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To assess how completely trials published in conference proceedings are reported and whether this has changed over time.Conference abstracts published at the American Society of Clinical Oncology (ASCO) conference (1992 and 2002) were read to identify reports of randomized trials. A checklist was devised (based on CONSORT) to assess the completeness of reporting.Four-hundred and ninety-four abstracts reporting randomized trials were identified; 209 in 1992 and 285 in 2002. More trials included "randomized" in the title in 2002 compared to 1992 (54% versus 36%). Almost no trials stated the method of allocation concealment, 12% stated the method of blinding, 95% described eligible participants and 98% described the interventions. Ninety-five per cent reported the number of participants in each trial. The median number of participants per trial increased over time; 120 in 1992 and 209 in 2002 (P < 0.01). In 1992, 67% of trials reported the number of participants analysed, compared to only 49% in 2002 (P < 0.01), 28% reported or suggested intention to treat analysis dropping to 15% in 2002. Twenty-nine abstracts in 2002 and five in 1992 reported no results, with a promise of presentation at the meeting.The reporting of conference abstracts for trials should be improved to further facilitate understanding of their conduct and validity.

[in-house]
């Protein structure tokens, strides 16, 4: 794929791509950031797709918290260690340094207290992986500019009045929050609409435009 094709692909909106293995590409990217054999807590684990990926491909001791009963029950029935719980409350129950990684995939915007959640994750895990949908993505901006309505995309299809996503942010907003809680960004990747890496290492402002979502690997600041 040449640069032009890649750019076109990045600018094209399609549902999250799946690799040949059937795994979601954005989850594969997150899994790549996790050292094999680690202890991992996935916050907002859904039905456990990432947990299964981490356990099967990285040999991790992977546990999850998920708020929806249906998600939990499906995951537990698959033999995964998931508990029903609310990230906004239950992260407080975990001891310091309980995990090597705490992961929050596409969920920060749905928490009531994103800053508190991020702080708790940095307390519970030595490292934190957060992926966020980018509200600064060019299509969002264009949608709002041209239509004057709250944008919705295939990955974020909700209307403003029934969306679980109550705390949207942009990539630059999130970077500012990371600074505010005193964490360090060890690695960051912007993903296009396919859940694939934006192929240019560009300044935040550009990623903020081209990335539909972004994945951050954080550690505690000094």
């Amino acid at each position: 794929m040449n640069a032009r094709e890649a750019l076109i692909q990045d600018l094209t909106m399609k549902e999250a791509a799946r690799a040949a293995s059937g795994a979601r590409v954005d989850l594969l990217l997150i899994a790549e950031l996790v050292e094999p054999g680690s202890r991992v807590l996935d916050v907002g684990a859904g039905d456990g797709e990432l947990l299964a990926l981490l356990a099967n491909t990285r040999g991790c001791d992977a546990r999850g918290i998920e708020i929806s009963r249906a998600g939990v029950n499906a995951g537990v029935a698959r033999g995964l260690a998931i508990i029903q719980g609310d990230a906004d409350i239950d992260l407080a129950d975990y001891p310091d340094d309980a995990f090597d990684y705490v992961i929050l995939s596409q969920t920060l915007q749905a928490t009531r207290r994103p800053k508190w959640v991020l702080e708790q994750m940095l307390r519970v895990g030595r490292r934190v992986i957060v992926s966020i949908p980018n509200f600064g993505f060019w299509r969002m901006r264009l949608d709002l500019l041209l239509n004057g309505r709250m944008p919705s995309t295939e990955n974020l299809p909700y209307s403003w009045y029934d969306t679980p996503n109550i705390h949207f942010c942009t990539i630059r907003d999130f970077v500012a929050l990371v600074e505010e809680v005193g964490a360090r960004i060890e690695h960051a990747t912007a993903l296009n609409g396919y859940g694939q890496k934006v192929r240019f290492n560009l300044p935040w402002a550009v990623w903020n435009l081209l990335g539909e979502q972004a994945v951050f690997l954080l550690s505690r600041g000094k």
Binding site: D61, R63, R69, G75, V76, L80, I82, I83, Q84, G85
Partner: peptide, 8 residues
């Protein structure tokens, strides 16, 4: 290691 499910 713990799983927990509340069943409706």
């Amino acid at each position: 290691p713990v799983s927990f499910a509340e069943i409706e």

Original publication

DOI

10.1191/1740774505cn091oa

Type

Journal article

Journal

Clinical trials (London, England)

Publication Date

01/2005

Volume

2

Pages

265 - 268

Addresses

UK Cochrane Centre, Oxford, UK. shopewell@cochrane.co.uk

Keywords

Humans, Cross-Over Studies, Medical Oncology, Research Design, Patient Selection, Publishing, Societies, Medical, United States, Congresses as Topic, Statistics as Topic, Randomized Controlled Trials as Topic